Whether tracing the contours of cultural history or recording the impact of the social sciences, these essays are engaging in tone rather than profound in perception. They are chatty and genial and often exhortatory but not deeply critical or skeptical; they vibrate with high intelligence if not with brilliance. Too often the prose is water-logged with quotations, which are rarely pungent or piquant or lapidary or clever. The need to quote authorities sometimes comes across as compulsive, but Kammen too rarely picks out the strikingly arresting phrase or passage. In a sense his learning has not been assimilated effectively enough to construct the sort of argument that can snap a case shut. Rarely do these essays crystallize into a provocative and fresh position that would force the reader to agree—or to summon the resources of rebuttal. Anyone tackling Selvages & Biases is therefore apt to empathize with Harry Truman, who kept asking for a one-handed economist, since his Council of Economic Advisors kept telling the President: “On the one hand. . . . But on the other hand. . . .” Professor Kammen is also ambidextrous, at the cost of forthrightness.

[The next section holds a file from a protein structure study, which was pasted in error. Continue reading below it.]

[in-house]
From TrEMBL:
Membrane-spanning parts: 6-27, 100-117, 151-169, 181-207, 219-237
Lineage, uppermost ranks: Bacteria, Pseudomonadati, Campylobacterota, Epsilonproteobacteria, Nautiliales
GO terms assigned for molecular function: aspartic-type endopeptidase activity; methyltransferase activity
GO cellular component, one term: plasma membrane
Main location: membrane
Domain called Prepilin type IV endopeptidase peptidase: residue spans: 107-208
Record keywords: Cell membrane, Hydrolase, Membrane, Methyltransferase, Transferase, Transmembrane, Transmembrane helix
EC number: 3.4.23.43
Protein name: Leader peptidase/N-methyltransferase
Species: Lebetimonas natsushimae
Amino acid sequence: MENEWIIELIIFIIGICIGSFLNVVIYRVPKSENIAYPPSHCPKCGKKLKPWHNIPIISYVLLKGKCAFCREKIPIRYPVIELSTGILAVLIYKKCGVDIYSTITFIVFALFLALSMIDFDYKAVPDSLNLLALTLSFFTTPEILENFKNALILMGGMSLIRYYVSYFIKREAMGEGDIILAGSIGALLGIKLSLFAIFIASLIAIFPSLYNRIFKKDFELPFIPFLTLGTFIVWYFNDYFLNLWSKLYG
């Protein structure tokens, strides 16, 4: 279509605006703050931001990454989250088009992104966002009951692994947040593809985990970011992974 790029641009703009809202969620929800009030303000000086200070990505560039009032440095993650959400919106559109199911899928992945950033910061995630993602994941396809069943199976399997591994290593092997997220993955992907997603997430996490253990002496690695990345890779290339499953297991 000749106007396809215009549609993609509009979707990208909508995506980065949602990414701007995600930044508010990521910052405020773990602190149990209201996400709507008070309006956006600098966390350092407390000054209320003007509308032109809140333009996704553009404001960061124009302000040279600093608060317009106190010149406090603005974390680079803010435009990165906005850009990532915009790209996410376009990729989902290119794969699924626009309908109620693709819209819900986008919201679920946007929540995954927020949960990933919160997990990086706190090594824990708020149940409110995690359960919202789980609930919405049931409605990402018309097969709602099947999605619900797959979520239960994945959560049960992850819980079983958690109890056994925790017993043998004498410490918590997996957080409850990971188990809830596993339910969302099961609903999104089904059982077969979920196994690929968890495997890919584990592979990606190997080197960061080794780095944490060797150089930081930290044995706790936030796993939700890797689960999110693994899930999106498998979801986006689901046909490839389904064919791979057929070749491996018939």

These may be some of the occupational hazards of the ambitious tour d’horizon — the impulse to summarize a paradigm in a paragraph that most of Kammen’s colleagues are too timid to essay. But sometimes the author demands too little of himself. He claims, for instance, that some practicing historians find abstractions superfluous and cites particular studies in Renaissance history, in early modern Italian history, in modern French history, and in Chinese biography. “It is obviously still possible to write masterworks in which theory (as opposed to explanation) really does not figure at all,” he concludes. The trouble is that the reader could supply a different but equally valid list (if less varied) than the titles that Kammen has rattled off. Nowhere does he slow down enough to demonstrate precisely what makes these particular works by Garrett Mattingly, Eric Cochrane, Eugen Weber, and Jonathan Spence “masterworks.” Nor does Kammen wonder if these books might have been even more impressive had their analysis been elevated to a higher interpretive plane. Too often the examples that Kammen brandishes seem capricious rather than convincing.